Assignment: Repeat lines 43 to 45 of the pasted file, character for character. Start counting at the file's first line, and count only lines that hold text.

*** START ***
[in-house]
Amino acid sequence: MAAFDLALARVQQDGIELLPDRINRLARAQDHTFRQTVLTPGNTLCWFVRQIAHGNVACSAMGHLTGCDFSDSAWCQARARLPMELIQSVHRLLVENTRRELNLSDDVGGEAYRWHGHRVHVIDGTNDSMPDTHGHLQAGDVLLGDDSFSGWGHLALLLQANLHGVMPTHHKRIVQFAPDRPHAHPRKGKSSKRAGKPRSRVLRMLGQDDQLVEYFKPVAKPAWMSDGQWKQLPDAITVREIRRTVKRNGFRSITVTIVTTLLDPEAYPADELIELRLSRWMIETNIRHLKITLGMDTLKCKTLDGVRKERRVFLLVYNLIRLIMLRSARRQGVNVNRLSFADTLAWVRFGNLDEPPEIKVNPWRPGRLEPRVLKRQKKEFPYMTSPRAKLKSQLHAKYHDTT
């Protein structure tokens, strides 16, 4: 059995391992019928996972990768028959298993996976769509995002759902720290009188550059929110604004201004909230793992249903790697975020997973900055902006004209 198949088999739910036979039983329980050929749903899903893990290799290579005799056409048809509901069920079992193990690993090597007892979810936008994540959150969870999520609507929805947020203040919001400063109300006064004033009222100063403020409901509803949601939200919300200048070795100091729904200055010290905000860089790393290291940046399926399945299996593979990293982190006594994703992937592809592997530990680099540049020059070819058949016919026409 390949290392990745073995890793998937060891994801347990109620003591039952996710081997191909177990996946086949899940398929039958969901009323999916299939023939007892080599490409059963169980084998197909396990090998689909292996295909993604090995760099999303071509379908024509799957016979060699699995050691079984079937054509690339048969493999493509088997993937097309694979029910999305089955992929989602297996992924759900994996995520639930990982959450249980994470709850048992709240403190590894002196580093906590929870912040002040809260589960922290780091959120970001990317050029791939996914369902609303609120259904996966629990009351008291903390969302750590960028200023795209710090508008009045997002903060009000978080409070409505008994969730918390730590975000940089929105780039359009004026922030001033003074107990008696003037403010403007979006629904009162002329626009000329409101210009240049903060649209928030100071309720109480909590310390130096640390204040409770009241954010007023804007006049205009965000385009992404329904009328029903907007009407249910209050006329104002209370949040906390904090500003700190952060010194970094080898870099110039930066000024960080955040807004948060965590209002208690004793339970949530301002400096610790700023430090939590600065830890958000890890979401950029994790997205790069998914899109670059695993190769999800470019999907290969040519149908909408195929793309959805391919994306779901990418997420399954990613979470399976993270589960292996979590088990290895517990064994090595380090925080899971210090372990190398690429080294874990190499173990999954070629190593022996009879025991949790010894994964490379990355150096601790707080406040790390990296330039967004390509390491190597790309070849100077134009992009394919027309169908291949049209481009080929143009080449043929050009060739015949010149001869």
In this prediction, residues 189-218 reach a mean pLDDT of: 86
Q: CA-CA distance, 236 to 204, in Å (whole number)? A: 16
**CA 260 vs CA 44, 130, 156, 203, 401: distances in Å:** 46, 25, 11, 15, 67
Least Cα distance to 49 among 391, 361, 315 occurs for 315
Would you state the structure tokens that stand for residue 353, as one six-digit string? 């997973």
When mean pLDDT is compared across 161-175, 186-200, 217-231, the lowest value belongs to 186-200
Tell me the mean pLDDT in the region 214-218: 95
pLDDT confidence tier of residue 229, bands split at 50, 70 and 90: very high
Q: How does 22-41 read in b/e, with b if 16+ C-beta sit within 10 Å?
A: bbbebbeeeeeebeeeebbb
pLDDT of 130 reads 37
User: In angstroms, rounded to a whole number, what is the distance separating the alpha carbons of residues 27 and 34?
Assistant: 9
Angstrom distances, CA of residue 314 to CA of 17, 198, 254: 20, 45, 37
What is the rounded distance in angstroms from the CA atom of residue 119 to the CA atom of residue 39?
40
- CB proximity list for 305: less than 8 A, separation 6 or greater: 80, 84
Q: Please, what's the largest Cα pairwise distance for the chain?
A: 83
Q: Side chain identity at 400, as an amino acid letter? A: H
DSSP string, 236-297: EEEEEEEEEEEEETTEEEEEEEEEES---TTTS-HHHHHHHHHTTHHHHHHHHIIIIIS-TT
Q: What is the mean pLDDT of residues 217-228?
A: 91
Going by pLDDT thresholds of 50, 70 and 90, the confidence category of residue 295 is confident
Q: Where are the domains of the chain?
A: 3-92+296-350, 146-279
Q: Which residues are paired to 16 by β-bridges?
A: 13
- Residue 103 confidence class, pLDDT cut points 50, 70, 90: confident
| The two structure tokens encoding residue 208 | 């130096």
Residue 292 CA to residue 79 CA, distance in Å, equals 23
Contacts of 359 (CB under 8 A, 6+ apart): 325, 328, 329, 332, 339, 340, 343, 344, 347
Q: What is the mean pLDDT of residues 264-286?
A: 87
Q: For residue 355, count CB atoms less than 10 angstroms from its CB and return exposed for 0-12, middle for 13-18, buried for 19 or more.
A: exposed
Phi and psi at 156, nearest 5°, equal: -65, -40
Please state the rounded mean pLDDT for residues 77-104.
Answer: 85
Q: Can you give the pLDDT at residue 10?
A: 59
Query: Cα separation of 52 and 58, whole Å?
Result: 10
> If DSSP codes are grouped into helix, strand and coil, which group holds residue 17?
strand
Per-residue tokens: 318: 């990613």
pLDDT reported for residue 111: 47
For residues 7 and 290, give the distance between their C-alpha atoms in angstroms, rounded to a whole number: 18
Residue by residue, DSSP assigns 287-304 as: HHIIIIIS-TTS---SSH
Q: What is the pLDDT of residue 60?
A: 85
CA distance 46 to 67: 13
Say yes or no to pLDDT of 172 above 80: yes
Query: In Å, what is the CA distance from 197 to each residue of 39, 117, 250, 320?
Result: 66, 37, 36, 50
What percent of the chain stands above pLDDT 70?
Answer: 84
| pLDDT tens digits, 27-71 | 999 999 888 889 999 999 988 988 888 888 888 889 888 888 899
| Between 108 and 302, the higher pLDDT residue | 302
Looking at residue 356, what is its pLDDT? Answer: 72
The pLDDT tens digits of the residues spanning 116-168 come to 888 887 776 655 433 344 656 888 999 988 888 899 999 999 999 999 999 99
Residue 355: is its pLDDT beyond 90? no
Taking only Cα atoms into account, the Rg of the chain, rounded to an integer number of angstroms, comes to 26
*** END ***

Q: Can you give the pLDDT at residue 10?
A: 59
Query: Cα separation of 52 and 58, whole Å?